You are the owner of this article.

Walking guide to area's big trees gets update

200629_etc_treeguide.jpg

What is reportedly the largest London plane tree in the world oversees the Sept. 25, 2019, celebration of the opening of Jeannette C. Hayner Park on the Walla Walla High School campus.

Fangorn Forest in Middle Earth is home to towering Treebeard and fellow Ents, lumbering shepherds of the trees famous for protecting forests from dwarves, orcs and other threats.

The reticent, ancient, gnarled, walking, talking tree giants of J.R.R. Tolkien’s “Lord of the Rings” trilogy won’t be found in Walla Walla — that we know of. But this area does have big, mature trees around which mortals can walk.

And what a great outdoors option to be in the fresh air while social distancing continues during the coronavirus pandemic.

For a number of years Walla Wallans have had a resource to explore the trees with “A Walking Guide to the Big Trees of Walla Walla,” authored by the late Walla Wallan Shirley Muse.

The guide got a reboot in 2006 and is now into its third edition, updated and expanded to 16 pages by Walla Wallans Gayle F. Bodorff and Thomas Mair, who have invested hundreds of hours in the project, Thomas said.

They took on the guide update for the city to celebrate the area’s urban trees, Gayle said.

Gayle and Thomas discuss some of the recognized and unrecognized trees in Walla Walla and included Shirley’s remarks in the guide and in an introductory video they put together at youtu.be/-2zJPAhmkBA.

There’s a giant sequoia on the Walla Walla County Courthouse grounds between Main and Alder streets that could be the second largest of its kind in the state. Yet, as Gayle and Thomas ran out of space in their pocket guide, it was left out.

And rankings of the trees aren’t included in the new edition as that data hasn’t been collected since 1996.

However, there are four great walking tours in the guide with maps by Karen Heinzmann, the original cover art by Vicki Shafer and locations of trees highlighted on accompanying maps in Pioneer Park, the Whitman College campus, a 1.3-mile South Loop along Palouse, Catherine, Newell, Thorne and Whitman streets and South First Avenue and a 1.1-mile North Loop on and in neighborhoods around the Whitman campus.

The mind-blowing heights of some of the local trees include a 109-foot-tall dawn redwood at Whitman and a 123-foot black walnut, 119-foot American sycamore and 109-foot London plane tree in Pioneer Park. The London plane trees surrounding the park’s gazebo were just saplings in 1909 when planted by the Walla Walla Women’s Park Club and now all top 100 feet, according to the guide.

Additional areas the guide lists in which to enjoy the trees: the London plane in Jeannette C. Hayner Park, 691 Reser Road; the American elm at Prospect Point Elementary School, 131 Reser Road; the Huntington elm at 608 W. Birch St. in the Ice-Burg Drive-In parking lot; the tulip polar at 110 N. Division and Pearson streets; the Arthur G. Rempel Nature Trail at the entrance to Fort Walla Walla Museum off Myra Road and the 80-acre Mountain View Cemetery grounds, 2120 S. Second Ave.

Just like the friendship Ents formed with wizard Gandalf and hobbits Pippin and Merry, the giants would have found a friend in Shirley, who advocated for and documented champion trees in the state. Champs are determined by measuring a nominated tree’s trunk circumference, height and one-fourth of the average crown spread.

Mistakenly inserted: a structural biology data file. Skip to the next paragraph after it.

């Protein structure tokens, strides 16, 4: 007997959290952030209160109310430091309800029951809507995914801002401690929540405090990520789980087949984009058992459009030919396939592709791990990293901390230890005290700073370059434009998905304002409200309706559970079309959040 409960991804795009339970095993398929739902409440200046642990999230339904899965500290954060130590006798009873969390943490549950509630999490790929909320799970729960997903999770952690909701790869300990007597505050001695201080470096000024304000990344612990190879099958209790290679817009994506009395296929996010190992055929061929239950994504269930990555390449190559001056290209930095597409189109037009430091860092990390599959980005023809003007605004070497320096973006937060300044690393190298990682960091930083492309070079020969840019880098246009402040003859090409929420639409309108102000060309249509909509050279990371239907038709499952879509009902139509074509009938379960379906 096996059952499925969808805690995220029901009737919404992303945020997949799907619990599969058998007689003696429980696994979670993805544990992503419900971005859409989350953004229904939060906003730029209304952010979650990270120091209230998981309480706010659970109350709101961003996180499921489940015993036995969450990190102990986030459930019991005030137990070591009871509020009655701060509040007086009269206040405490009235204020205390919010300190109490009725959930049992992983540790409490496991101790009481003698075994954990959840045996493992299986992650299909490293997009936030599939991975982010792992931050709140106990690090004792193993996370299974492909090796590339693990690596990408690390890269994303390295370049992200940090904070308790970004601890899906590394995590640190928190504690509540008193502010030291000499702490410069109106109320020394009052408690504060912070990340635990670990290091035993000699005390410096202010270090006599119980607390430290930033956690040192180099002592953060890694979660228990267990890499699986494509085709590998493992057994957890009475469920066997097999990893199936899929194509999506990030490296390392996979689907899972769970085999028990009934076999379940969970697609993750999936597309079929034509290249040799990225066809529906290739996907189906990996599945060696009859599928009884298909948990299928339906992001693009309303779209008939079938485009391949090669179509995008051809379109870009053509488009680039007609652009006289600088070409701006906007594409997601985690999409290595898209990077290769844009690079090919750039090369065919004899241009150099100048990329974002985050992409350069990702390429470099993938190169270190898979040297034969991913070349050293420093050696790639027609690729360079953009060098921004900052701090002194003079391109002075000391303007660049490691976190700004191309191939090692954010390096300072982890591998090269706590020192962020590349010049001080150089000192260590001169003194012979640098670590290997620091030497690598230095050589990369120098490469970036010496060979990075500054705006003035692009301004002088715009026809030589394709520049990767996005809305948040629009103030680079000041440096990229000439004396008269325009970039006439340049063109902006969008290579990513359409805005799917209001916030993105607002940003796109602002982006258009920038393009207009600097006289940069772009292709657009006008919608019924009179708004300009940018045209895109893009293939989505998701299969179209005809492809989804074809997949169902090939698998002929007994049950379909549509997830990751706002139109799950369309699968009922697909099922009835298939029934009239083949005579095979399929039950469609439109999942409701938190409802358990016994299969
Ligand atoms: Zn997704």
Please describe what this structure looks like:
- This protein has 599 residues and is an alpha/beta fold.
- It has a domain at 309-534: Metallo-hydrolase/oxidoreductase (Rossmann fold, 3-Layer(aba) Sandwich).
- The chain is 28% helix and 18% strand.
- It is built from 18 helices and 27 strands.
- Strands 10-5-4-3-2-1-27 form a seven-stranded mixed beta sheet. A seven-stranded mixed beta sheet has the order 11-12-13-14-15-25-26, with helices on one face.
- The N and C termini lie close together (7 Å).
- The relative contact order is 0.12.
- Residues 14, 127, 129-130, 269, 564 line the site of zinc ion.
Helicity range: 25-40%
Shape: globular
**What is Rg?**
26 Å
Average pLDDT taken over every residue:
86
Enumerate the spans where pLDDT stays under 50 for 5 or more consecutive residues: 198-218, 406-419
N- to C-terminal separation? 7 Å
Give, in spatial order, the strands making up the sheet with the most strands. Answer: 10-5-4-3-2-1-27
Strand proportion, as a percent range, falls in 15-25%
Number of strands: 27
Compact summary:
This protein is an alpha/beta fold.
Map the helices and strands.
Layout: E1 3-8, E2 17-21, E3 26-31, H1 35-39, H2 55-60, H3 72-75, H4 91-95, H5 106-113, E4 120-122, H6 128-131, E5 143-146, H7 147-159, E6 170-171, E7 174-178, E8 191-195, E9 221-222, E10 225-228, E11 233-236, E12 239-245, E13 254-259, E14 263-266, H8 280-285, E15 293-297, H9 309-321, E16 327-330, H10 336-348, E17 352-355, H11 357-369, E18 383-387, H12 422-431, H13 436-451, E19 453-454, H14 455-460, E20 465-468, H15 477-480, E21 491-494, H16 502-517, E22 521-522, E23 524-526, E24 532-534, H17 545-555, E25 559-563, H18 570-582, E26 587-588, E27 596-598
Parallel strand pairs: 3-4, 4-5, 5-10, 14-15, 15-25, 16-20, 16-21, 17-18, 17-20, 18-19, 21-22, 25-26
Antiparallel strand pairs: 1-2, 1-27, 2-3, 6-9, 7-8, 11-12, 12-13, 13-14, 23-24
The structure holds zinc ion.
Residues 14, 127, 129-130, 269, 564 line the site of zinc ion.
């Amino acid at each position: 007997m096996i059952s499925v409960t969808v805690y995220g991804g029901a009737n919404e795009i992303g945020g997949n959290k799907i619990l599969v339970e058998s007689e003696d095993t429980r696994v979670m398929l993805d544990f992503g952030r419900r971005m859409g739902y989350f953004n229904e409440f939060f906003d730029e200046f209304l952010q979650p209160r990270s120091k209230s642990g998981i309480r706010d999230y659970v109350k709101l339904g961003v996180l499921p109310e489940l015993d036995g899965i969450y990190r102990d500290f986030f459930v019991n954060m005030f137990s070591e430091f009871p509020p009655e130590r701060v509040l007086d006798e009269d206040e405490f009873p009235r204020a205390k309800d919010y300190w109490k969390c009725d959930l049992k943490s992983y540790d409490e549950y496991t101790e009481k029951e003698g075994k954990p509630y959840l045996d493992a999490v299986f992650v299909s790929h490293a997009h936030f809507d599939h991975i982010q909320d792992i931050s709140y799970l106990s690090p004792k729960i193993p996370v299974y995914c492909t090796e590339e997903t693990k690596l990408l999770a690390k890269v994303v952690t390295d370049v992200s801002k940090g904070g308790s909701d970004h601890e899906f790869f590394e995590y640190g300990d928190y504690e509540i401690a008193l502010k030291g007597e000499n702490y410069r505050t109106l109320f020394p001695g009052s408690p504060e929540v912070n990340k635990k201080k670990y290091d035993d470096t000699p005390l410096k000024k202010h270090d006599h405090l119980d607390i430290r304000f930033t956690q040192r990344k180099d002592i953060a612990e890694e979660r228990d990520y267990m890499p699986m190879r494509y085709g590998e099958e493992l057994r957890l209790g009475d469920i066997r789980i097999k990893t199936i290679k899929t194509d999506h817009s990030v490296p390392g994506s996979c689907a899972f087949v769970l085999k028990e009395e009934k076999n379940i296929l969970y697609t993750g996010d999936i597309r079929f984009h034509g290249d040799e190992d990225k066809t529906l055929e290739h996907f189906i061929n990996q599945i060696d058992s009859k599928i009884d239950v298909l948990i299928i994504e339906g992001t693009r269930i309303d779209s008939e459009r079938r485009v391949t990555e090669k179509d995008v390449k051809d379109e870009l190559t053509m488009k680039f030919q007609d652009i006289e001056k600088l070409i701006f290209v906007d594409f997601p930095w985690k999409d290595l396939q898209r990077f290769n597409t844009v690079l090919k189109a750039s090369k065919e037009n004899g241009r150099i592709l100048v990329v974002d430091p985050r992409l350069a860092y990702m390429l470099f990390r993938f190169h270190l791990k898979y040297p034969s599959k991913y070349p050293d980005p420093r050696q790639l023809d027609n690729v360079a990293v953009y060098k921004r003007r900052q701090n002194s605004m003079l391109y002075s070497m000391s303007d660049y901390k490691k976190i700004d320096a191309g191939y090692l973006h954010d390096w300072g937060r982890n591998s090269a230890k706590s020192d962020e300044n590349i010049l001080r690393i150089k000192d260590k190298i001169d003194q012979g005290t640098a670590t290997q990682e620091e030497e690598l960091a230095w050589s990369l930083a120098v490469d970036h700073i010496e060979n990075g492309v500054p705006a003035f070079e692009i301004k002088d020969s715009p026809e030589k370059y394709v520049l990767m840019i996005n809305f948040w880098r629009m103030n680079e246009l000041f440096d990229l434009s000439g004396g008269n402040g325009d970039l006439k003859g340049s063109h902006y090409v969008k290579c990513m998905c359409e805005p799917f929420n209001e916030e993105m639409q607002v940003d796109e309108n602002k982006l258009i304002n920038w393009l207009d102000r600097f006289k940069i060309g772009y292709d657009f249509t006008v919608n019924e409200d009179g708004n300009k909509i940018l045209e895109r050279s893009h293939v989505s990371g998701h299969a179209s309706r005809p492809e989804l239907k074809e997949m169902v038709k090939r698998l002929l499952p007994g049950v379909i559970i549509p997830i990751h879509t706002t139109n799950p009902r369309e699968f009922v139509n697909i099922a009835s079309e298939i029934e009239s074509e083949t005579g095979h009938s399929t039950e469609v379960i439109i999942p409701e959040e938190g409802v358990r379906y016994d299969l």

Shirley was an administrative assistant at Whitman College when in 1975 she stepped up to speak for the trees she thought needed a voice.

She published “A Walking Guide to the Big Trees of Walla Walla” and was also a founder of the Blue Mountain Audubon Society. Unfortunately, 29% of the trees Shirley listed in the first two editions of the guide have been lost or altered, thereby disqualifying them.

Robert Van Pelt identified 44 trees in Walla Walla to include in his “Champion Trees of Washington State,” published in 1996.

Shirley wrote in 1998, “The stately old trees, which today we take for granted and at times carelessly dispose of are here because of the foresight, hard work and financial sacrifice of early Walla Walla residents.”

Those large trees planted around the turn of the 20th century have helped Walla Walla become known as a city of trees, Shirley said.

Trees populating the Valley today were brought in from around North America, Europe and Asia over that last two centuries.

As a side note, in more recent decades Rotary Club of Walla Walla has undertaken many biannual urban tree plantings here.

“What happens to our city’s trees ... rests with the citizens. What better way to honor those who came before us than to care for our trees and parks which they established. And to plant more for those who follow us,” Shirley wrote.

Sponsors of the new guide include the Blue Mountain Land, Clara and Art Bald and Mary Garner Esary trusts, Rotary of Walla Walla, an anonymous donor, Blue Mountain Audubon Society and in association with Andy Coleman and the Walla Walla Parks & Recreation Department.

To request a free copy that can be picked up curbside call the Walla Walla Public Library, 238 E. Alder St., at 509-527-4550 from 10 a.m.-5 p.m. Monday-Friday.

Annie Charnley Eveland can be reached at 509-526-8313 or

annieeveland@wwub.com.

Annie joined the U-B news staff in 1979 and since 1990 has written Etcetera, a daily community column. She was promoted to a copy editing post in 2007. She edits copy, designs and lays out pages, including the weekly arts and entertainment guide Marquee,